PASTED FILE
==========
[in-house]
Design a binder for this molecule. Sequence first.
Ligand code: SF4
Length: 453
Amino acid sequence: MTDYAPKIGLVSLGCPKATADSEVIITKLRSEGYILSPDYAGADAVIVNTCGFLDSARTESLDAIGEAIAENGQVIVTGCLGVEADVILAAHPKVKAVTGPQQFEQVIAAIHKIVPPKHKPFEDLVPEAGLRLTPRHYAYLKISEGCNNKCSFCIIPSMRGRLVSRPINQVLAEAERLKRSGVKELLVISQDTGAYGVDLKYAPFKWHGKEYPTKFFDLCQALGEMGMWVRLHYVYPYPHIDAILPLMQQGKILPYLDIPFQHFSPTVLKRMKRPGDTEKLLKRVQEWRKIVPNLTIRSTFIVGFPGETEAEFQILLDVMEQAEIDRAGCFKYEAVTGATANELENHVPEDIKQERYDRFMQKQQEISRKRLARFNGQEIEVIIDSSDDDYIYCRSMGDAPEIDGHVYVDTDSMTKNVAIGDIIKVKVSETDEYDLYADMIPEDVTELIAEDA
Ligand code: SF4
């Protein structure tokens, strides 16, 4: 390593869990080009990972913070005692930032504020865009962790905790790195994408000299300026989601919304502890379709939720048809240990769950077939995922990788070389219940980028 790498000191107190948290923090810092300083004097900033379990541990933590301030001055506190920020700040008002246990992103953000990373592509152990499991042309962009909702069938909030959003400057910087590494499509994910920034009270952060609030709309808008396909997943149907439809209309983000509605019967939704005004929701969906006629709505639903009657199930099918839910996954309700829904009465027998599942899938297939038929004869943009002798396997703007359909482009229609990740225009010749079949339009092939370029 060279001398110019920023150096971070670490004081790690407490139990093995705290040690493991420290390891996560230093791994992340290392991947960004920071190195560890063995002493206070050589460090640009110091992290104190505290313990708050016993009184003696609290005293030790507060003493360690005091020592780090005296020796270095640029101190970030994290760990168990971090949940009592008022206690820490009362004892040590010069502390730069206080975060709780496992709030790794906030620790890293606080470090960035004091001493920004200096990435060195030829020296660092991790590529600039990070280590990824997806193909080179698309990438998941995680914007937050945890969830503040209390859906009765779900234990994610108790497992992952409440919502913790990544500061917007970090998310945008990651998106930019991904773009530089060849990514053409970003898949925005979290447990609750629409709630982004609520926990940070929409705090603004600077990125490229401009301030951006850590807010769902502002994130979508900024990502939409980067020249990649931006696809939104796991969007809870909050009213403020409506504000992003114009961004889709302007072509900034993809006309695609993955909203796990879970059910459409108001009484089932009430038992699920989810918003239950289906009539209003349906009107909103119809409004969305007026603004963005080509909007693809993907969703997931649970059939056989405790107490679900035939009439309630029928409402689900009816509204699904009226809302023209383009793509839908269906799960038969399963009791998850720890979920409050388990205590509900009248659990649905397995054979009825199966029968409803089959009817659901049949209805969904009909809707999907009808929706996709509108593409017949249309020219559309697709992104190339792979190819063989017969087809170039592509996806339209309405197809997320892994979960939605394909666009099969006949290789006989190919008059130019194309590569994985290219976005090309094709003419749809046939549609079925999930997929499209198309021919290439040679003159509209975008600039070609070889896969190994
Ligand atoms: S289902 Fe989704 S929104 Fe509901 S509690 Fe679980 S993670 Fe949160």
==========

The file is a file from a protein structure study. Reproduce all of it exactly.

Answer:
[in-house]
Design a binder for this molecule. Sequence first.
Ligand code: SF4
Length: 453
Amino acid sequence: MTDYAPKIGLVSLGCPKATADSEVIITKLRSEGYILSPDYAGADAVIVNTCGFLDSARTESLDAIGEAIAENGQVIVTGCLGVEADVILAAHPKVKAVTGPQQFEQVIAAIHKIVPPKHKPFEDLVPEAGLRLTPRHYAYLKISEGCNNKCSFCIIPSMRGRLVSRPINQVLAEAERLKRSGVKELLVISQDTGAYGVDLKYAPFKWHGKEYPTKFFDLCQALGEMGMWVRLHYVYPYPHIDAILPLMQQGKILPYLDIPFQHFSPTVLKRMKRPGDTEKLLKRVQEWRKIVPNLTIRSTFIVGFPGETEAEFQILLDVMEQAEIDRAGCFKYEAVTGATANELENHVPEDIKQERYDRFMQKQQEISRKRLARFNGQEIEVIIDSSDDDYIYCRSMGDAPEIDGHVYVDTDSMTKNVAIGDIIKVKVSETDEYDLYADMIPEDVTELIAEDA
Ligand code: SF4
């Protein structure tokens, strides 16, 4: 390593869990080009990972913070005692930032504020865009962790905790790195994408000299300026989601919304502890379709939720048809240990769950077939995922990788070389219940980028 790498000191107190948290923090810092300083004097900033379990541990933590301030001055506190920020700040008002246990992103953000990373592509152990499991042309962009909702069938909030959003400057910087590494499509994910920034009270952060609030709309808008396909997943149907439809209309983000509605019967939704005004929701969906006629709505639903009657199930099918839910996954309700829904009465027998599942899938297939038929004869943009002798396997703007359909482009229609990740225009010749079949339009092939370029 060279001398110019920023150096971070670490004081790690407490139990093995705290040690493991420290390891996560230093791994992340290392991947960004920071190195560890063995002493206070050589460090640009110091992290104190505290313990708050016993009184003696609290005293030790507060003493360690005091020592780090005296020796270095640029101190970030994290760990168990971090949940009592008022206690820490009362004892040590010069502390730069206080975060709780496992709030790794906030620790890293606080470090960035004091001493920004200096990435060195030829020296660092991790590529600039990070280590990824997806193909080179698309990438998941995680914007937050945890969830503040209390859906009765779900234990994610108790497992992952409440919502913790990544500061917007970090998310945008990651998106930019991904773009530089060849990514053409970003898949925005979290447990609750629409709630982004609520926990940070929409705090603004600077990125490229401009301030951006850590807010769902502002994130979508900024990502939409980067020249990649931006696809939104796991969007809870909050009213403020409506504000992003114009961004889709302007072509900034993809006309695609993955909203796990879970059910459409108001009484089932009430038992699920989810918003239950289906009539209003349906009107909103119809409004969305007026603004963005080509909007693809993907969703997931649970059939056989405790107490679900035939009439309630029928409402689900009816509204699904009226809302023209383009793509839908269906799960038969399963009791998850720890979920409050388990205590509900009248659990649905397995054979009825199966029968409803089959009817659901049949209805969904009909809707999907009808929706996709509108593409017949249309020219559309697709992104190339792979190819063989017969087809170039592509996806339209309405197809997320892994979960939605394909666009099969006949290789006989190919008059130019194309590569994985290219976005090309094709003419749809046939549609079925999930997929499209198309021919290439040679003159509209975008600039070609070889896969190994
Ligand atoms: S289902 Fe989704 S929104 Fe509901 S509690 Fe679980 S993670 Fe949160």